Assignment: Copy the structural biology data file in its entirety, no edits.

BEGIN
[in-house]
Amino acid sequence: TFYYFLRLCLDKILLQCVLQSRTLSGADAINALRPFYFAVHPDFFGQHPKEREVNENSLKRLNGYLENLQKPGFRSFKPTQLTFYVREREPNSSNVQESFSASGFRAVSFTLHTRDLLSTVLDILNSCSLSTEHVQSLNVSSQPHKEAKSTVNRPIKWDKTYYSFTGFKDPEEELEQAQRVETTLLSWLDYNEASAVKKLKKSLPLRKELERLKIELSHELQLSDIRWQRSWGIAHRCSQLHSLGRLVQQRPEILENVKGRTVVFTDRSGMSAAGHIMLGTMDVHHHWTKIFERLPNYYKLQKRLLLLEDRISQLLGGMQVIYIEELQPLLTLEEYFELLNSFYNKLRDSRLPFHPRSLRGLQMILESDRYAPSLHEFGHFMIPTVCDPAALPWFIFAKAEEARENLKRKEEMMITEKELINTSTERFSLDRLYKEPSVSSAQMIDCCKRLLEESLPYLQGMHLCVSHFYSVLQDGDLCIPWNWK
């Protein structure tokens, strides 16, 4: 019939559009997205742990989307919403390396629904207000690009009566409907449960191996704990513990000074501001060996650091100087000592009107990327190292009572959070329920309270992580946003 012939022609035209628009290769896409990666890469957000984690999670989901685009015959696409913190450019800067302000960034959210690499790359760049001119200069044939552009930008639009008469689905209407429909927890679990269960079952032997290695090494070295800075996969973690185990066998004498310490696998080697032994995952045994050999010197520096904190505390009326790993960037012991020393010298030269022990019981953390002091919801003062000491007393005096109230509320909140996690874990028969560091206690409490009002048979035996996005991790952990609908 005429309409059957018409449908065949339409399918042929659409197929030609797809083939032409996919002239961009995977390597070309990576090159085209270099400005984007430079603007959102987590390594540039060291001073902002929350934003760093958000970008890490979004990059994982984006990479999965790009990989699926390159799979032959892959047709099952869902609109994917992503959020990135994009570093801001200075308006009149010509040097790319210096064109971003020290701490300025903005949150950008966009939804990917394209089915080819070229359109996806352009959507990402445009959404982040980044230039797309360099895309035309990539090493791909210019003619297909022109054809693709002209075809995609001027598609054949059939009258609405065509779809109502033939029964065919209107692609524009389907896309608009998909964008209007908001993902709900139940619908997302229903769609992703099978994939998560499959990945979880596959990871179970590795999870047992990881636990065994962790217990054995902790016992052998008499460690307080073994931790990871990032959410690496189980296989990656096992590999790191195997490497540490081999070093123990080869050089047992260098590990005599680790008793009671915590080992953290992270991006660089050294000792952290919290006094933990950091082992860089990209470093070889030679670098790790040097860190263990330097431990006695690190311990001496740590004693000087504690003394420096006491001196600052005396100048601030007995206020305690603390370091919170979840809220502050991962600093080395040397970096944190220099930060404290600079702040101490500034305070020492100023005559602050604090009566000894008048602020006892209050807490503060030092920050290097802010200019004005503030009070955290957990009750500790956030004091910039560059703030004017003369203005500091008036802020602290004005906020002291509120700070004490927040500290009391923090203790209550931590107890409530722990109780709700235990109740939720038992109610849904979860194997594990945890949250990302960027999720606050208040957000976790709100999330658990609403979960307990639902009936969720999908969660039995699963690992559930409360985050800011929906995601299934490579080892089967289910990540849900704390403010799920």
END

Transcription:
[in-house]
Amino acid sequence: TFYYFLRLCLDKILLQCVLQSRTLSGADAINALRPFYFAVHPDFFGQHPKEREVNENSLKRLNGYLENLQKPGFRSFKPTQLTFYVREREPNSSNVQESFSASGFRAVSFTLHTRDLLSTVLDILNSCSLSTEHVQSLNVSSQPHKEAKSTVNRPIKWDKTYYSFTGFKDPEEELEQAQRVETTLLSWLDYNEASAVKKLKKSLPLRKELERLKIELSHELQLSDIRWQRSWGIAHRCSQLHSLGRLVQQRPEILENVKGRTVVFTDRSGMSAAGHIMLGTMDVHHHWTKIFERLPNYYKLQKRLLLLEDRISQLLGGMQVIYIEELQPLLTLEEYFELLNSFYNKLRDSRLPFHPRSLRGLQMILESDRYAPSLHEFGHFMIPTVCDPAALPWFIFAKAEEARENLKRKEEMMITEKELINTSTERFSLDRLYKEPSVSSAQMIDCCKRLLEESLPYLQGMHLCVSHFYSVLQDGDLCIPWNWK
């Protein structure tokens, strides 16, 4: 019939559009997205742990989307919403390396629904207000690009009566409907449960191996704990513990000074501001060996650091100087000592009107990327190292009572959070329920309270992580946003 012939022609035209628009290769896409990666890469957000984690999670989901685009015959696409913190450019800067302000960034959210690499790359760049001119200069044939552009930008639009008469689905209407429909927890679990269960079952032997290695090494070295800075996969973690185990066998004498310490696998080697032994995952045994050999010197520096904190505390009326790993960037012991020393010298030269022990019981953390002091919801003062000491007393005096109230509320909140996690874990028969560091206690409490009002048979035996996005991790952990609908 005429309409059957018409449908065949339409399918042929659409197929030609797809083939032409996919002239961009995977390597070309990576090159085209270099400005984007430079603007959102987590390594540039060291001073902002929350934003760093958000970008890490979004990059994982984006990479999965790009990989699926390159799979032959892959047709099952869902609109994917992503959020990135994009570093801001200075308006009149010509040097790319210096064109971003020290701490300025903005949150950008966009939804990917394209089915080819070229359109996806352009959507990402445009959404982040980044230039797309360099895309035309990539090493791909210019003619297909022109054809693709002209075809995609001027598609054949059939009258609405065509779809109502033939029964065919209107692609524009389907896309608009998909964008209007908001993902709900139940619908997302229903769609992703099978994939998560499959990945979880596959990871179970590795999870047992990881636990065994962790217990054995902790016992052998008499460690307080073994931790990871990032959410690496189980296989990656096992590999790191195997490497540490081999070093123990080869050089047992260098590990005599680790008793009671915590080992953290992270991006660089050294000792952290919290006094933990950091082992860089990209470093070889030679670098790790040097860190263990330097431990006695690190311990001496740590004693000087504690003394420096006491001196600052005396100048601030007995206020305690603390370091919170979840809220502050991962600093080395040397970096944190220099930060404290600079702040101490500034305070020492100023005559602050604090009566000894008048602020006892209050807490503060030092920050290097802010200019004005503030009070955290957990009750500790956030004091910039560059703030004017003369203005500091008036802020602290004005906020002291509120700070004490927040500290009391923090203790209550931590107890409530722990109780709700235990109740939720038992109610849904979860194997594990945890949250990302960027999720606050208040957000976790709100999330658990609403979960307990639902009936969720999908969660039995699963690992559930409360985050800011929906995601299934490579080892089967289910990540849900704390403010799920």